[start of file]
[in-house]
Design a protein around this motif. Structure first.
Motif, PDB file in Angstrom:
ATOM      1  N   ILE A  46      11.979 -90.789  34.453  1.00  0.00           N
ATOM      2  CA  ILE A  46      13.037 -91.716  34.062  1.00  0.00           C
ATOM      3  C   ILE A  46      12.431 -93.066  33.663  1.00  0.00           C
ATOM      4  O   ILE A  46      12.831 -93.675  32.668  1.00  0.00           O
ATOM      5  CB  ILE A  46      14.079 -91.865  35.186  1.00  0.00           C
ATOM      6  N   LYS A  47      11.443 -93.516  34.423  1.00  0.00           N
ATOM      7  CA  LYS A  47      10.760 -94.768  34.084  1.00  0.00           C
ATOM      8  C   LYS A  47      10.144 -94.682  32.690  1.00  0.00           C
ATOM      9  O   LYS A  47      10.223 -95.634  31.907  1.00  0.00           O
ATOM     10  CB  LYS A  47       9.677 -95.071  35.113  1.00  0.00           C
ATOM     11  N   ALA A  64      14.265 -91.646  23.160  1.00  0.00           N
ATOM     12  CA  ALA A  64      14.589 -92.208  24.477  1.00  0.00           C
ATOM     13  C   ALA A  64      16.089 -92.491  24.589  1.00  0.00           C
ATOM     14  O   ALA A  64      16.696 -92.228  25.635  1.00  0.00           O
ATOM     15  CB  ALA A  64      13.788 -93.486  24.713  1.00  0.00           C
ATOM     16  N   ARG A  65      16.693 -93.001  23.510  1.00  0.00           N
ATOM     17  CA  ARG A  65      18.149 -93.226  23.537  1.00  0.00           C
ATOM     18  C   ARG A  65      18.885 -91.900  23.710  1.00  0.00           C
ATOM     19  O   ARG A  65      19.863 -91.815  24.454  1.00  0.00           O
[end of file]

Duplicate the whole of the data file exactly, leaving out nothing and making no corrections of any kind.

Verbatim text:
[in-house]
Design a protein around this motif. Structure first.
Motif, PDB file in Angstrom:
ATOM      1  N   ILE A  46      11.979 -90.789  34.453  1.00  0.00           N
ATOM      2  CA  ILE A  46      13.037 -91.716  34.062  1.00  0.00           C
ATOM      3  C   ILE A  46      12.431 -93.066  33.663  1.00  0.00           C
ATOM      4  O   ILE A  46      12.831 -93.675  32.668  1.00  0.00           O
ATOM      5  CB  ILE A  46      14.079 -91.865  35.186  1.00  0.00           C
ATOM      6  N   LYS A  47      11.443 -93.516  34.423  1.00  0.00           N
ATOM      7  CA  LYS A  47      10.760 -94.768  34.084  1.00  0.00           C
ATOM      8  C   LYS A  47      10.144 -94.682  32.690  1.00  0.00           C
ATOM      9  O   LYS A  47      10.223 -95.634  31.907  1.00  0.00           O
ATOM     10  CB  LYS A  47       9.677 -95.071  35.113  1.00  0.00           C
ATOM     11  N   ALA A  64      14.265 -91.646  23.160  1.00  0.00           N
ATOM     12  CA  ALA A  64      14.589 -92.208  24.477  1.00  0.00           C
ATOM     13  C   ALA A  64      16.089 -92.491  24.589  1.00  0.00           C
ATOM     14  O   ALA A  64      16.696 -92.228  25.635  1.00  0.00           O
ATOM     15  CB  ALA A  64      13.788 -93.486  24.713  1.00  0.00           C
ATOM     16  N   ARG A  65      16.693 -93.001  23.510  1.00  0.00           N
ATOM     17  CA  ARG A  65      18.149 -93.226  23.537  1.00  0.00           C
ATOM     18  C   ARG A  65      18.885 -91.900  23.710  1.00  0.00           C
ATOM     19  O   ARG A  65      19.863 -91.815  24.454  1.00  0.00           O